Step 6 – Create a new administrator account

In order to evade detection, the attackers then needed to setup their own administrator account which would allow them remote access.

The stolen credentials from Step 5 would have allowed them to create a new administrative account – which they did. They called this user “best1_user” which is the same username used by BMC’s Bladelogic Server Automation product.

This is obviously abnormal behaviour within a network and if Target admins had been notified they could have shutdown the hack at this point.

this task requires administrator privileges

Step 7 – Hit the target computers

With their new administrative credentials, the attackers could now proceed to go after their targets. They first needed to bypass firewalls and other network-based security solutions that limit direct access to targets. They also should block the running of processes remotely on machines.

The attackers ended up using hacking tools to jump via various servers that were not tuned to look for suspicious behaviour until they landed on their target machines.

Ultimately the tools the attackers used needed the administrator account to run, so if the Target admins had been looking they could have shut the attack down.

Step 8: Steal the data… but there was a hiccup

The attackers at this point would have searched through the key databases looking for Personal Identifiable Information (PII). However because Target was PCI compliant, the database servers didn’t store any credit card information.

The attackers were able to steal the PII of 70 million Target customers, but not the credit card information that they came for.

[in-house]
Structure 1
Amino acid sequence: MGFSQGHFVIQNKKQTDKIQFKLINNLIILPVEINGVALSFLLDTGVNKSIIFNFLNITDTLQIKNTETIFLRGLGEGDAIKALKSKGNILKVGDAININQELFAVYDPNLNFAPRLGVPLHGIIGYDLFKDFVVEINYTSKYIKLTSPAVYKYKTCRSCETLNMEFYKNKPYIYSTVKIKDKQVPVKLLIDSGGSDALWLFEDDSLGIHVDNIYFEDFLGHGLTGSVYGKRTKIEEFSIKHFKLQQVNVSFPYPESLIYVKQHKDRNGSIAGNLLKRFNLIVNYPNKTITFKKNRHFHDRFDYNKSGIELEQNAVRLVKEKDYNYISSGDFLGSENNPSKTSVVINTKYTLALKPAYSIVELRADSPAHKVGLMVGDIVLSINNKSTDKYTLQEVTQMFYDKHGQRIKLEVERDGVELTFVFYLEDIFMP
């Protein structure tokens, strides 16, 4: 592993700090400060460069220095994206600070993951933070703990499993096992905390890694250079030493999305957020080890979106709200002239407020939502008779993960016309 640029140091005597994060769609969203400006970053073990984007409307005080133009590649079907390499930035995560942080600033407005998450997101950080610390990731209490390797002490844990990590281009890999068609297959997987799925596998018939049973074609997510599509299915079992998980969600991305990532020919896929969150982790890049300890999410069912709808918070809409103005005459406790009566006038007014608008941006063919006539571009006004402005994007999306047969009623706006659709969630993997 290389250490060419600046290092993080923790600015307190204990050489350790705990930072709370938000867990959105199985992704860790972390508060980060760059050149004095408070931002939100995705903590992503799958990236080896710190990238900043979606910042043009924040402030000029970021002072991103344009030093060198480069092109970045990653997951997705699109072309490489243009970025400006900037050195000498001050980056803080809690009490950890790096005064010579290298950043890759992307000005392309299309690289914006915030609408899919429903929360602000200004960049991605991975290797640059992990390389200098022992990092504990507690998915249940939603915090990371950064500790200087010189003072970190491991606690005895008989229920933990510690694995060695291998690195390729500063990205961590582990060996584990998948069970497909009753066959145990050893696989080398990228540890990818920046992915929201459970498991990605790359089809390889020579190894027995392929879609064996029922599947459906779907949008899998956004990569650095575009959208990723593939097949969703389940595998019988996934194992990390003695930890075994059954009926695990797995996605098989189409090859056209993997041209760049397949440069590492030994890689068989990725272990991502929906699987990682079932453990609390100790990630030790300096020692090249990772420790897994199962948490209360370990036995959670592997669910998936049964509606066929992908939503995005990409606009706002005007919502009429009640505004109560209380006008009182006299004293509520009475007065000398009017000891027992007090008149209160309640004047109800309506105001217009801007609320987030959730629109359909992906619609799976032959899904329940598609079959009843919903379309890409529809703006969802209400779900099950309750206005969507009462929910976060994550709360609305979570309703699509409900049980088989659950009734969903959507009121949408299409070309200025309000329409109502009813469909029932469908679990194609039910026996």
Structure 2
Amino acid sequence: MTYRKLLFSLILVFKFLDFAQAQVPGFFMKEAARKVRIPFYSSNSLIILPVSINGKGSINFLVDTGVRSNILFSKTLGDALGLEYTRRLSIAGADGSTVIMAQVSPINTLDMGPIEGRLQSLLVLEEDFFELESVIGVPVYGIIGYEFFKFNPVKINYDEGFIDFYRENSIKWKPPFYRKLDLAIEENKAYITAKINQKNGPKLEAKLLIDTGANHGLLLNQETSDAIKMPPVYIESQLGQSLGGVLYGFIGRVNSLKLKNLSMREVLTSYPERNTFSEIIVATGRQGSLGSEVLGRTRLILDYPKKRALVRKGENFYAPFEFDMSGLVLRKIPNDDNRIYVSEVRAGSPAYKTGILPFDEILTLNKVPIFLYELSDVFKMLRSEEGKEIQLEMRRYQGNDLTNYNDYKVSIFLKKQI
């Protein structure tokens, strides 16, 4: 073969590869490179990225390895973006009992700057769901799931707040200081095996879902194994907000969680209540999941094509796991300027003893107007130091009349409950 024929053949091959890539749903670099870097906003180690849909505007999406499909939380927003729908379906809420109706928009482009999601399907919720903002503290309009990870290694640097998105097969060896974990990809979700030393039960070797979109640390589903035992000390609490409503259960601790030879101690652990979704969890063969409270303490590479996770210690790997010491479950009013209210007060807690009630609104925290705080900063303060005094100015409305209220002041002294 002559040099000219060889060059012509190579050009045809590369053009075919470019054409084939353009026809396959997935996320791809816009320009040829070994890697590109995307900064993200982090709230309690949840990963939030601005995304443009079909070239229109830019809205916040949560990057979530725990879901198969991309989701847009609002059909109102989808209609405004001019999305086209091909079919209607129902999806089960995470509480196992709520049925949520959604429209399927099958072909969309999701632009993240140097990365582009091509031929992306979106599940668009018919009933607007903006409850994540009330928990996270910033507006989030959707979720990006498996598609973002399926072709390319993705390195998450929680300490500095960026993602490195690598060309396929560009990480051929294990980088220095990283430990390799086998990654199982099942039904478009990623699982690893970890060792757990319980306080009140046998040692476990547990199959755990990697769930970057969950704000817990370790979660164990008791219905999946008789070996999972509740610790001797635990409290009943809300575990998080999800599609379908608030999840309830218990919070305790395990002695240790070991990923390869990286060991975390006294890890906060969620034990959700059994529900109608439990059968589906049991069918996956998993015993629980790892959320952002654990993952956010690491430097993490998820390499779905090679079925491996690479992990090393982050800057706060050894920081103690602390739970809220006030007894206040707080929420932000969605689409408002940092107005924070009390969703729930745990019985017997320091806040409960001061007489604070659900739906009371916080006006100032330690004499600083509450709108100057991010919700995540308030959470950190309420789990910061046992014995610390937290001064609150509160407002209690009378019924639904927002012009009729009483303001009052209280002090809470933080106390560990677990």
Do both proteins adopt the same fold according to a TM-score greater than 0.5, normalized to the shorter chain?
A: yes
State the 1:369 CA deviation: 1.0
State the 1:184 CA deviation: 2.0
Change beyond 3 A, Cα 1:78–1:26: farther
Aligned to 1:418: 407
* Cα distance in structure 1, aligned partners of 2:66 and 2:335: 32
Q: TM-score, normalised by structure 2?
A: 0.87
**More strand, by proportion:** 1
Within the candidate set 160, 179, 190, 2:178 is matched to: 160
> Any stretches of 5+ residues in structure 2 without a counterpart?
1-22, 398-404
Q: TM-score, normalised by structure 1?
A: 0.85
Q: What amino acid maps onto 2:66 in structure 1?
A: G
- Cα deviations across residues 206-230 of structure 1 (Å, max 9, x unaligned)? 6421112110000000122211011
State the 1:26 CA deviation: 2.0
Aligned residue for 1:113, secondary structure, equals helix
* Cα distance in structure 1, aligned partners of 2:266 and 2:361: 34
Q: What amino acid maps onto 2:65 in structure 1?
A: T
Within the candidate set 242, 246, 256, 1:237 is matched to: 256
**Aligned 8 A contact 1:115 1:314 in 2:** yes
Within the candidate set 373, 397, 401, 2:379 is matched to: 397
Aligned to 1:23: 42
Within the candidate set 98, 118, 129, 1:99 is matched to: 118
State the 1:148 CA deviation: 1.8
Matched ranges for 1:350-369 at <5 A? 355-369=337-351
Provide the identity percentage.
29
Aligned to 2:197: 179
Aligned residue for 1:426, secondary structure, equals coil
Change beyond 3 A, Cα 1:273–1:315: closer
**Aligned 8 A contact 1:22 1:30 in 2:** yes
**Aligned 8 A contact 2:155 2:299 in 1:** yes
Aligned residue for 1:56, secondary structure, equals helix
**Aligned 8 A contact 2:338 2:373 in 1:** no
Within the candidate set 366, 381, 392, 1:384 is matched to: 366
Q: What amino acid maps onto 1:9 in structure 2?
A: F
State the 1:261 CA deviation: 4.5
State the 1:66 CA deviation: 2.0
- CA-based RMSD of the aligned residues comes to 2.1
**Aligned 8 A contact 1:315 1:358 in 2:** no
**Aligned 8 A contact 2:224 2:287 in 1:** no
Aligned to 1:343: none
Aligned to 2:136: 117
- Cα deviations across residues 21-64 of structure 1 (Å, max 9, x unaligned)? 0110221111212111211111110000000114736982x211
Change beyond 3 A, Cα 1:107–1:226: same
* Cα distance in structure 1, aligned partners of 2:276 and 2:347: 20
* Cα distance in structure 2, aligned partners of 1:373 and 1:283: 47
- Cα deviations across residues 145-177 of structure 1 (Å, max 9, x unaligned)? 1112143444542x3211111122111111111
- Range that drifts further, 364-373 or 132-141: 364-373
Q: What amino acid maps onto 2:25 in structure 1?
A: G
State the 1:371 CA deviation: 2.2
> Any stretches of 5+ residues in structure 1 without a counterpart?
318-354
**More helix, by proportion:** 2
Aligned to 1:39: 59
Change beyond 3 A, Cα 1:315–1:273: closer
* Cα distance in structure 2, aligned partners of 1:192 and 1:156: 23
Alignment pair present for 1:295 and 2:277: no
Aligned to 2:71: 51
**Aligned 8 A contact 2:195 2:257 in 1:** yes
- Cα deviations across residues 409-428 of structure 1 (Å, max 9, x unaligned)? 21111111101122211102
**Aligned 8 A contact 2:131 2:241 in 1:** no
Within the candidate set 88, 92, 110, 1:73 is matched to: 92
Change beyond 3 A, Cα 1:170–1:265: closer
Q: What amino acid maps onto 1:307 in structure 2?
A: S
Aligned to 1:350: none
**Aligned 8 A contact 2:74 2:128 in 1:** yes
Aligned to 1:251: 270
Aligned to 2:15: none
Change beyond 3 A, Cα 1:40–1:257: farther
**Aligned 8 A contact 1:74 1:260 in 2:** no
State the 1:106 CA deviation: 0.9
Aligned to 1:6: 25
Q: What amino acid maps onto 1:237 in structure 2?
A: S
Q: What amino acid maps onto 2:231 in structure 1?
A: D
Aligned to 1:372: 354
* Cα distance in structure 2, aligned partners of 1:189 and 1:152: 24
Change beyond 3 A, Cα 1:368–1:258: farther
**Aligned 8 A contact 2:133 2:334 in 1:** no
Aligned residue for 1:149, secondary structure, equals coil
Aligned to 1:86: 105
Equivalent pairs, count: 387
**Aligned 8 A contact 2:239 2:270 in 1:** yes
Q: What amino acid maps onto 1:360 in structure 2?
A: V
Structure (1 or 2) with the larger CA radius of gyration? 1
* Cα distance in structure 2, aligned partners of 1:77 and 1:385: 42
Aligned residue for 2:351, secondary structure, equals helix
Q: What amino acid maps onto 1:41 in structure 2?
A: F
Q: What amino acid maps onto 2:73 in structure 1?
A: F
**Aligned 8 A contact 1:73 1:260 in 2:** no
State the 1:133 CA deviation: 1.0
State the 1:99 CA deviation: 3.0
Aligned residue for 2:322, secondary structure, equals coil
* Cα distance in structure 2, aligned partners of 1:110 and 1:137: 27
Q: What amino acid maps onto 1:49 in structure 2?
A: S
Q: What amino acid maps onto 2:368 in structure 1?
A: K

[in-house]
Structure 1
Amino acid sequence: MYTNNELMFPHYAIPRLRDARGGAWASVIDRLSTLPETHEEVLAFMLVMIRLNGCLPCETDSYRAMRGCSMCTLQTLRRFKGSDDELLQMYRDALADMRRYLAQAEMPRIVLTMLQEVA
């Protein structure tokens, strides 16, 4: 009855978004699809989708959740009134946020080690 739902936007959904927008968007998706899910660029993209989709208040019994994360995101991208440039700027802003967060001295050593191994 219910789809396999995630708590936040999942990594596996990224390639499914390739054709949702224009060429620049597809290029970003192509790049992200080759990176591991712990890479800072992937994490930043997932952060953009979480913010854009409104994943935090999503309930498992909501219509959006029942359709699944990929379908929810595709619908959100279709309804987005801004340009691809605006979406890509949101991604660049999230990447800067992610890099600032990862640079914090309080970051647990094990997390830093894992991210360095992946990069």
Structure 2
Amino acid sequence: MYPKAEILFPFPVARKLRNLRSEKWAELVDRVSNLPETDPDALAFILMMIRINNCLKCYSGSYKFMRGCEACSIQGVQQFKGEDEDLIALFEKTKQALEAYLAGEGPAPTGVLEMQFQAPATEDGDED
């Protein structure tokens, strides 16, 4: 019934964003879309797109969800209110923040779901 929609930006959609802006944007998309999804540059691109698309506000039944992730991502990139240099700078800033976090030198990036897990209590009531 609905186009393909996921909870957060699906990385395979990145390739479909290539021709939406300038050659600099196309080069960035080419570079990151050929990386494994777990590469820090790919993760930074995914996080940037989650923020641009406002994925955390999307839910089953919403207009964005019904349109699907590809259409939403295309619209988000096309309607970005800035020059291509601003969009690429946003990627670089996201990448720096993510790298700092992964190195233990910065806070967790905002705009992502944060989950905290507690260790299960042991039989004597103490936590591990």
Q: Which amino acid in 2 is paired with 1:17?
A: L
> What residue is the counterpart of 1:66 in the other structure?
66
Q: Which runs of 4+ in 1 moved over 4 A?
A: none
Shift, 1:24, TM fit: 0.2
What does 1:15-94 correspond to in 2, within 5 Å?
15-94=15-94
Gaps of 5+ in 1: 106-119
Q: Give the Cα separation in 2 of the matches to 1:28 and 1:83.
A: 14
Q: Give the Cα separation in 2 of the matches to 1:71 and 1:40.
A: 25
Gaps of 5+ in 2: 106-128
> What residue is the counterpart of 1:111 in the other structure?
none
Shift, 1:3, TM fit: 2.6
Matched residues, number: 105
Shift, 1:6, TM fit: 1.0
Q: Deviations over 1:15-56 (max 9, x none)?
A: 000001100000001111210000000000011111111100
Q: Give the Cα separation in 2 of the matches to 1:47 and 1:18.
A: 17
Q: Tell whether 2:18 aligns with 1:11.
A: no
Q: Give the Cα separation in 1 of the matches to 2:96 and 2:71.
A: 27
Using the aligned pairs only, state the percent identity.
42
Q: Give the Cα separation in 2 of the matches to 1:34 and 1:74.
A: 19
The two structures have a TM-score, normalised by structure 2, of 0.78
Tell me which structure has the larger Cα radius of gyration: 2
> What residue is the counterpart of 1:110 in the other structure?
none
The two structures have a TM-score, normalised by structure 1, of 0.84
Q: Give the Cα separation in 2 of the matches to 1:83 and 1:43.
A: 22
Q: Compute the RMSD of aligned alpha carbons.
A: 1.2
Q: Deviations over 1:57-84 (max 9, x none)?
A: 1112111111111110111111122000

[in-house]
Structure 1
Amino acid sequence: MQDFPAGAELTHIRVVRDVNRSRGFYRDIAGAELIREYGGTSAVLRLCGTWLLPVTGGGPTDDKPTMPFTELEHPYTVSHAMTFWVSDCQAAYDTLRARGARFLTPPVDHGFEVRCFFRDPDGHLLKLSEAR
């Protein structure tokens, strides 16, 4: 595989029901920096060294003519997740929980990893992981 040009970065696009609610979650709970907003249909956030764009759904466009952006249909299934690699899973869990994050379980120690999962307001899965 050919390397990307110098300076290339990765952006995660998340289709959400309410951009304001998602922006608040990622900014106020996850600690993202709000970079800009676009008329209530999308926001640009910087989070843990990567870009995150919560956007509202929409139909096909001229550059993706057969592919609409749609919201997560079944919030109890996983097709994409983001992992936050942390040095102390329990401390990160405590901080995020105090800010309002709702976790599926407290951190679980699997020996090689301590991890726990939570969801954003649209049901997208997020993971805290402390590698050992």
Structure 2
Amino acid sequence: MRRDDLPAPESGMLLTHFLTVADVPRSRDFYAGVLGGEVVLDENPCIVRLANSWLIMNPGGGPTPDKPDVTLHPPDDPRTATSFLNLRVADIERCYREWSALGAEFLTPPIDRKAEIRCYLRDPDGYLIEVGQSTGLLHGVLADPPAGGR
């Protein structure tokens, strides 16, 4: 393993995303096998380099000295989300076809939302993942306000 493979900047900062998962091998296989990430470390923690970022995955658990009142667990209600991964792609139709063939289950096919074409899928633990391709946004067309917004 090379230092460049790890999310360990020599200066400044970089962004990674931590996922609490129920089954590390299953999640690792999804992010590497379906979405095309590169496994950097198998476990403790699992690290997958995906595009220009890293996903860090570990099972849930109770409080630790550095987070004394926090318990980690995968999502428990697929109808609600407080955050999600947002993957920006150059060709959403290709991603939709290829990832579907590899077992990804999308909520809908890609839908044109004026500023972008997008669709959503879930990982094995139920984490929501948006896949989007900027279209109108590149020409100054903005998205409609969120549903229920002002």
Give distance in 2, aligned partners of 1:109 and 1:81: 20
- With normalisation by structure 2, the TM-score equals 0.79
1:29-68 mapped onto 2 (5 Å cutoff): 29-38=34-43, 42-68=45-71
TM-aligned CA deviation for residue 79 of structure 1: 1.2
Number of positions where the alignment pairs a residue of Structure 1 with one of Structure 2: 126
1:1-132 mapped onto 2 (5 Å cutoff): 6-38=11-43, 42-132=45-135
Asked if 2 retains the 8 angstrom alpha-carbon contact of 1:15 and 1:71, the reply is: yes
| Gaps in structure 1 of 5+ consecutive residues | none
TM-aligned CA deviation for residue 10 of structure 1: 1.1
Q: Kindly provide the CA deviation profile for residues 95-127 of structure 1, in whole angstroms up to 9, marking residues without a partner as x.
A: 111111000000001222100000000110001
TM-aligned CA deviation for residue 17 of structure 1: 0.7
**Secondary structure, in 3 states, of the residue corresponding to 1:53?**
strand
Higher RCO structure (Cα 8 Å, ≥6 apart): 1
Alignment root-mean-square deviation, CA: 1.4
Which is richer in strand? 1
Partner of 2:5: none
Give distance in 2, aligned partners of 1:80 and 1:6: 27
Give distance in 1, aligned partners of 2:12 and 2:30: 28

Step 9: Plan B – attack the POS machines

The attackers had probably assumed that they would have all of the credit card information by Step 8, so hitting the POS machines was probably not the initial target of the attackers. The POS machine attack would have been a contingency.

Using the intelligence they had gathered during the previous steps, the attackers installed their malware onto the POS machines. The malware (named Kaptoxa) scanned the memory of infected machines and saved the credit card details.

Reports suggest that this was the only step that required custom-made malware rather than common, legal, IT tools.

At this point no level of Antivirus would have helped.

Step 10: Get the data out of the POS machines

The malware sent data to an internal file share using a windows command and their administrative account. It would periodically send data out using this method.

POS machine attack

Step 11: Get the data out of the network

Again using the Target administration account, the attackers could then send the data out of the Target network undetected.

Could this have been prevented?

There’s a number of ways and points in this whole hack that could have prevented this breach.

  1. Educate staff not to click on stuff (step 1)
  2. Patch systems (step 3)
  3. Looking for abnormal behaviour (step 4 would have increased server usage to abnormal levels)
  4. Looking for abnormal behaviour (step 6 should have triggered an alarm for sensitive user creation and abnormal user behaviour)
  5. Looking for abnormal behaviour (step 7 should have triggered an alarm for remote code execution)
  6. Looking for abnormal behaviour (step 10 should have triggered an alarm for sensitive user creation and abnormal user behaviour)